Terrain in Eberswalde Crater
NASA/JPL/University of Arizona
Terrain in Eberswalde Crater
ESP_011331_1560  Science Theme: Future Exploration/Landing Sites
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Eberswalde Crater is an approximately 65 kilometer diameter, closed basin crater. This image was targeted in the landing ellipse as a possible site for the 2011 Mars Science Laboratory mission.

The image shows resistant knobs and mounds and a scoured surface. The CRISM instrument onboard the Mars Reconnaissance Orbiter has detected phyllosilicates (clays) in the region. Clays on Earth are often formed in the presence of water and occur in river deltas and lake beds. The delta and meandering channels in Eberswalde Crater (west of the landing ellipse) and the detection of phyllosilicates provides evidence for possible past water activity on Mars.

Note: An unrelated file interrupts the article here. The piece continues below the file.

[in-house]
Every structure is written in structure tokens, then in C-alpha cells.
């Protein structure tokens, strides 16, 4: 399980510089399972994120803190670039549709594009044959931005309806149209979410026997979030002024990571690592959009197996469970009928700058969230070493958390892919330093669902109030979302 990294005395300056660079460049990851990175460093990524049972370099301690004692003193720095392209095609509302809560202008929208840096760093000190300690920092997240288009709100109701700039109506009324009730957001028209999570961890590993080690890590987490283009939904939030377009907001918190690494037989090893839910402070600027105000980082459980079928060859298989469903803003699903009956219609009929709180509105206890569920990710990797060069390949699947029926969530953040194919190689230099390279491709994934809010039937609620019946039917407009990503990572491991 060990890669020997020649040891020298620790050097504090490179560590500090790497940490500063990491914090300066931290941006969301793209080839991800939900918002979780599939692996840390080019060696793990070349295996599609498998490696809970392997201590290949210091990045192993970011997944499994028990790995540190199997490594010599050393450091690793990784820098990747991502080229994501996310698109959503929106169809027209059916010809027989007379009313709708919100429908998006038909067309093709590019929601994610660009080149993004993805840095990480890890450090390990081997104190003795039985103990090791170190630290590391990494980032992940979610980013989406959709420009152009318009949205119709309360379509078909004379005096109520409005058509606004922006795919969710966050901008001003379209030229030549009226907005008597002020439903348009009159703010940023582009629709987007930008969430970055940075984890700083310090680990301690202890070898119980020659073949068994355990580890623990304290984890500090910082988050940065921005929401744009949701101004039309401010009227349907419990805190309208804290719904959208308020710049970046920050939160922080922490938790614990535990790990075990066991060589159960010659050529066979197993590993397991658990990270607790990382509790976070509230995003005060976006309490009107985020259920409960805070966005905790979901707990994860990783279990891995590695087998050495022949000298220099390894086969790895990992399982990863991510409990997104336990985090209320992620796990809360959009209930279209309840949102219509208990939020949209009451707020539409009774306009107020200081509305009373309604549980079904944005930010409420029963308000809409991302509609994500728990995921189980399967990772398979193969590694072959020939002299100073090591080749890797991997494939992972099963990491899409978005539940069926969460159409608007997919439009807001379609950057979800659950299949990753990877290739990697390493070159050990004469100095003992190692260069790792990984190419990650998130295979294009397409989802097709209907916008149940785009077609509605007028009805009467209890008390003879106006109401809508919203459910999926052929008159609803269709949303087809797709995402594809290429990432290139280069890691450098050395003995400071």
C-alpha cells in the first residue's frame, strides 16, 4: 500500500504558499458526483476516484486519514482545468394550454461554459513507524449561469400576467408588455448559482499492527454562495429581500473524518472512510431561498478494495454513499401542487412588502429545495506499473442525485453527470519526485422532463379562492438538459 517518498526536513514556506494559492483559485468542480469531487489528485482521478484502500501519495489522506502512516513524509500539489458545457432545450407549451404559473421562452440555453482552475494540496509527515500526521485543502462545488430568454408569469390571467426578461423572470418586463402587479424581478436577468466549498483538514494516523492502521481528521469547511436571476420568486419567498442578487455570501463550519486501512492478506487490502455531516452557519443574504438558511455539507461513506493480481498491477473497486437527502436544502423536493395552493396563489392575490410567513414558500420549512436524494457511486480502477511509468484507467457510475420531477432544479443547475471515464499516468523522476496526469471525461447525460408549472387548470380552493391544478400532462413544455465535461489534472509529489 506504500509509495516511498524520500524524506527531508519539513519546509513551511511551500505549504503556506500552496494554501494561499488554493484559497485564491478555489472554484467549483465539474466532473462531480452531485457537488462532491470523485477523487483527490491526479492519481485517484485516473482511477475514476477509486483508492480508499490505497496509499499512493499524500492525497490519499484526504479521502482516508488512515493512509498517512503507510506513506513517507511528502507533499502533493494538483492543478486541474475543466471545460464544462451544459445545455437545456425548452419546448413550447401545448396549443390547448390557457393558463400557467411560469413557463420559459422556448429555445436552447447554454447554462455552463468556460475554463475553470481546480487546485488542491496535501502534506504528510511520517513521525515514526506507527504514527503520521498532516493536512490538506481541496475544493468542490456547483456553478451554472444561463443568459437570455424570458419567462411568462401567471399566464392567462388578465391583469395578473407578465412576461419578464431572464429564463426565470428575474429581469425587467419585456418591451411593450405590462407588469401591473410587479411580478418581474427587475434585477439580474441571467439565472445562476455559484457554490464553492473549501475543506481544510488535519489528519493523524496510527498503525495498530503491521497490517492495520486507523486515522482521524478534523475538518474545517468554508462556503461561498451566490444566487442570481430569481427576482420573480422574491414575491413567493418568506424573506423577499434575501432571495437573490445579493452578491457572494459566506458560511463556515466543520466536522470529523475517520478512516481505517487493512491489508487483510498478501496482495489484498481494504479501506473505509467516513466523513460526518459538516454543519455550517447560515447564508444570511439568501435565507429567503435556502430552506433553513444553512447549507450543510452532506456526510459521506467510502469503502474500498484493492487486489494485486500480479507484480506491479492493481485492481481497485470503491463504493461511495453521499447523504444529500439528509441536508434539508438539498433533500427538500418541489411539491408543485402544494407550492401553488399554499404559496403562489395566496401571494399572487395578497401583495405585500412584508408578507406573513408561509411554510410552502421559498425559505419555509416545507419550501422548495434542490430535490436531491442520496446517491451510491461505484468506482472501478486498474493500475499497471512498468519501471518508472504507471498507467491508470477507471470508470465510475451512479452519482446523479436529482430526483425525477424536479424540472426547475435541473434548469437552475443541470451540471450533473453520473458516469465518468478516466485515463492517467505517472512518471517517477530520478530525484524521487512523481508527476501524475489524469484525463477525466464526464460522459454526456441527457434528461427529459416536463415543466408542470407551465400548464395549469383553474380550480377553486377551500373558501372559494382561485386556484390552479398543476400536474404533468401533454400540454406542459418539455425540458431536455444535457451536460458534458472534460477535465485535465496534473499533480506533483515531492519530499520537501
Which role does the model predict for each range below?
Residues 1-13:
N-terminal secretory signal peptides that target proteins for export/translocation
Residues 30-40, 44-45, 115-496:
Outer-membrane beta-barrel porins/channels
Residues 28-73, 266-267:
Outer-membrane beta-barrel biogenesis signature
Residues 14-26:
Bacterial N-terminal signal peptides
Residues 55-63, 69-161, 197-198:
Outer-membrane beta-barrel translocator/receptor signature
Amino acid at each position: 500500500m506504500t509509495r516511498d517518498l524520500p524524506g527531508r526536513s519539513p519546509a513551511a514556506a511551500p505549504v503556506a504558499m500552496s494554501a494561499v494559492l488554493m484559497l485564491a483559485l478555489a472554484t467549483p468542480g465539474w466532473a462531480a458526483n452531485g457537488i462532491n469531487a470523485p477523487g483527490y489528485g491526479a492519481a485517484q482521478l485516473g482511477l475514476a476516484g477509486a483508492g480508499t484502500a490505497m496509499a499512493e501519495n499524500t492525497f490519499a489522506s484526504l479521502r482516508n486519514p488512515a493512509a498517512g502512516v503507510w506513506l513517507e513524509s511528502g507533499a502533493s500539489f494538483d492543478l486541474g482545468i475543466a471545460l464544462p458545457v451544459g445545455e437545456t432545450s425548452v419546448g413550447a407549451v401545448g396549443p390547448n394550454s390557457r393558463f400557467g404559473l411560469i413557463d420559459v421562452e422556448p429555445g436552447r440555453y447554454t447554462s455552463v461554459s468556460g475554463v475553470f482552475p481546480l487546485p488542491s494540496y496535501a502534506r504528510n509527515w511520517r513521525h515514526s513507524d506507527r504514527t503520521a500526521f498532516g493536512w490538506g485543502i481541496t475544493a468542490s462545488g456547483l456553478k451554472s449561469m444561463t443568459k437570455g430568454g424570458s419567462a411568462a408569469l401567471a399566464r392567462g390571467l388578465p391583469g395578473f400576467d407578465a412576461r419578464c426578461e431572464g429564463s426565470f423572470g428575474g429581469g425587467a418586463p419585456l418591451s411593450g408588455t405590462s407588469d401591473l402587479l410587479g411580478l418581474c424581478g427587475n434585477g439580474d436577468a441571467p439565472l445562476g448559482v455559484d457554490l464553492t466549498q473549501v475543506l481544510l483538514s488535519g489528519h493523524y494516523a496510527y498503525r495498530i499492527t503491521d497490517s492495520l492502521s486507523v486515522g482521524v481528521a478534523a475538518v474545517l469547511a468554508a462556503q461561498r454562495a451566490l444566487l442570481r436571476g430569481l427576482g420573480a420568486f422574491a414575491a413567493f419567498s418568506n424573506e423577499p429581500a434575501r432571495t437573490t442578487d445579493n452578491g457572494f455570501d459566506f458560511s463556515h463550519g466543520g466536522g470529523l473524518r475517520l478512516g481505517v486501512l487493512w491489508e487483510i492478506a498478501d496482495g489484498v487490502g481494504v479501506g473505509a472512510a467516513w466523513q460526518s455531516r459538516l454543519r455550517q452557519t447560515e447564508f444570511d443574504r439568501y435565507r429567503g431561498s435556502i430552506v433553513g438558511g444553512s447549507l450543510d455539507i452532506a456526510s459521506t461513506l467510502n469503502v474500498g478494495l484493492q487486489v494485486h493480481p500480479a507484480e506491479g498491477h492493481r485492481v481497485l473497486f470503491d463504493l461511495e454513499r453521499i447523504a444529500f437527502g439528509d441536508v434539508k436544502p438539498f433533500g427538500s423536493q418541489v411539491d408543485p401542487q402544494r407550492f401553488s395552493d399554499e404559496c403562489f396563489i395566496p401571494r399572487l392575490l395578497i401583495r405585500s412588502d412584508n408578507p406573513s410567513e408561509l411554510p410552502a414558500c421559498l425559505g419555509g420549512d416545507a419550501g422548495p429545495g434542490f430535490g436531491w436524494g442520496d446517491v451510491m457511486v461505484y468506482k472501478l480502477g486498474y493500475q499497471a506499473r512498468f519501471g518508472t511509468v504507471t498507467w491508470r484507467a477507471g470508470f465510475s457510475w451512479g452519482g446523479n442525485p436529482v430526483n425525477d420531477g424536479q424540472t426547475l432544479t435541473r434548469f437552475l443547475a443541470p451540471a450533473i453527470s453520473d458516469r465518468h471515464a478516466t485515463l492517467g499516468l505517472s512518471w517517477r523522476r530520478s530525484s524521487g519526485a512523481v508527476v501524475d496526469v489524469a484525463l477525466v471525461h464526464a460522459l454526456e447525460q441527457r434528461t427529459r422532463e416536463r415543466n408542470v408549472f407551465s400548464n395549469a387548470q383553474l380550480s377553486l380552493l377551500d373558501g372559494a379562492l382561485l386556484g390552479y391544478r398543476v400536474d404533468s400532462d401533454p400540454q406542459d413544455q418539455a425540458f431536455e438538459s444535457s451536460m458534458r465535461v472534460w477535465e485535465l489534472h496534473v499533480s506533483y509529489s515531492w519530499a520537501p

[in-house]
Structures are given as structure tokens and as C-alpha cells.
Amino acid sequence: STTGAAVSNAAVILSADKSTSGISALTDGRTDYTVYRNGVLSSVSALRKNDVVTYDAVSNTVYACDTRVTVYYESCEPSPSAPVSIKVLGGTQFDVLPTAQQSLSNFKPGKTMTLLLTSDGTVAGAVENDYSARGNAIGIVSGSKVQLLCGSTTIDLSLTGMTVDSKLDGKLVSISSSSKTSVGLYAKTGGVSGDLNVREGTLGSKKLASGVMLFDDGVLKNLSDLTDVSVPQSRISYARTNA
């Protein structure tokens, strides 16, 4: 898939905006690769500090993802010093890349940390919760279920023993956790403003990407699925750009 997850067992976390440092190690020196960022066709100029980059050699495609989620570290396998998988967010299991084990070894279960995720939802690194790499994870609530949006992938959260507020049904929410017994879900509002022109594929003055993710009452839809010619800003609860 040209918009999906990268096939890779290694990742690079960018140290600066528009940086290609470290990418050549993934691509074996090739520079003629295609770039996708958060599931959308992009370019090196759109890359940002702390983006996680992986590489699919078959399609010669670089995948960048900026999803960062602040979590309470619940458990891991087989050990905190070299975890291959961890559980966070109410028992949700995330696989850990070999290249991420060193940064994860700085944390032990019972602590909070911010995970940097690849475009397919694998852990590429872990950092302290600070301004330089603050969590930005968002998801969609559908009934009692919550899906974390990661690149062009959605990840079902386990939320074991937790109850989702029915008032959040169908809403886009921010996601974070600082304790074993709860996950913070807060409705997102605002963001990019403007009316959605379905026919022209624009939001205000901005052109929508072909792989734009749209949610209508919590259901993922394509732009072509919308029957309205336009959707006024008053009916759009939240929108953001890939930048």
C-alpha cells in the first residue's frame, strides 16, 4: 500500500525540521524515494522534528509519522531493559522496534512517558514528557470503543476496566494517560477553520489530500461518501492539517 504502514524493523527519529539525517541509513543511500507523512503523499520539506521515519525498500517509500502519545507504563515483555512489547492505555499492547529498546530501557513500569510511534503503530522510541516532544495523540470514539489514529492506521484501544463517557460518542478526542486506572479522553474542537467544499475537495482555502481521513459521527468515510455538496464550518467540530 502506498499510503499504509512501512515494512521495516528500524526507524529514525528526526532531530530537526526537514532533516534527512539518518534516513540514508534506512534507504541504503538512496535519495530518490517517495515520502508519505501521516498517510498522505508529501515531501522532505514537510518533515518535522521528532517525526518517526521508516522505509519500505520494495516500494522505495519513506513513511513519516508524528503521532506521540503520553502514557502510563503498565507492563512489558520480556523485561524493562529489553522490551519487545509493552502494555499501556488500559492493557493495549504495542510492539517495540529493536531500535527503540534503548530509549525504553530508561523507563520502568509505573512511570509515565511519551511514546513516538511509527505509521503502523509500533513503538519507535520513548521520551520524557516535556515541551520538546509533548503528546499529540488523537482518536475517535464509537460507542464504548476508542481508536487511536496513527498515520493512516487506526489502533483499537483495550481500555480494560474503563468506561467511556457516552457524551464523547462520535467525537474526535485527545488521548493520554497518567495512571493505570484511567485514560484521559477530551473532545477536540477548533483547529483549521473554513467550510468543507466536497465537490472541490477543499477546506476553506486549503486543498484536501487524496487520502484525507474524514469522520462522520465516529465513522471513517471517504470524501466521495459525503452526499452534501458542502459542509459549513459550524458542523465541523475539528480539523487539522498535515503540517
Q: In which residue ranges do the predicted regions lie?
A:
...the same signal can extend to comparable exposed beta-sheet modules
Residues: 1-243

Written by: Jennifer Griffes   (4 February 2009)

This is a stereo pair with ESP_011265_1560.

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Acquisition date:26 December 2008 Local Mars time:15:54
Latitude (centered):-23.850° Longitude (East):326.784°
Range to target site:258.6 km (161.6 miles)Original image scale range:25.9 cm/pixel (with 1 x 1 binning) so objects ~78 cm across are resolved
Map projected scale:25 cm/pixel and North is upMap projection:Equirectangular
Emission angle:1.3° Phase angle:60.4°
Solar incidence angle:61°, with the Sun about 29° above the horizon Solar longitude:180.4°, Northern Autumn

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